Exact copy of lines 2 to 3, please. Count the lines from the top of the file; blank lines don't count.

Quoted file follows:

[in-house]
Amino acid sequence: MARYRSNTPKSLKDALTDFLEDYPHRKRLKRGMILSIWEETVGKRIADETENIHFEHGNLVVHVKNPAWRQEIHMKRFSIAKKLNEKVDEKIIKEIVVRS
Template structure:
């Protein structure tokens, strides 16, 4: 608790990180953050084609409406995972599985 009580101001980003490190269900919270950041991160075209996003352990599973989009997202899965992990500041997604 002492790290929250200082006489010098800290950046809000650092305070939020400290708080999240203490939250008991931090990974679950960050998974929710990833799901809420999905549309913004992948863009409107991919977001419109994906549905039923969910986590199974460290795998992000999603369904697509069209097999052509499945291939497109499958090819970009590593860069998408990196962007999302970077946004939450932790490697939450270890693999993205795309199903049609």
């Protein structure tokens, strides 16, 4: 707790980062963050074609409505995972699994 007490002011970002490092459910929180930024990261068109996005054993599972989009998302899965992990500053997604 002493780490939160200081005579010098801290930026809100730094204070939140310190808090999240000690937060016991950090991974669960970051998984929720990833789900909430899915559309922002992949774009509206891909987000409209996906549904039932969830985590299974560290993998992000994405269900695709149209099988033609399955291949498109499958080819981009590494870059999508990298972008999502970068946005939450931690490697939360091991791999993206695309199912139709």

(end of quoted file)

Amino acid sequence: MARYRSNTPKSLKDALTDFLEDYPHRKRLKRGMILSIWEETVGKRIADETENIHFEHGNLVVHVKNPAWRQEIHMKRFSIAKKLNEKVDEKIIKEIVVRS
Template structure: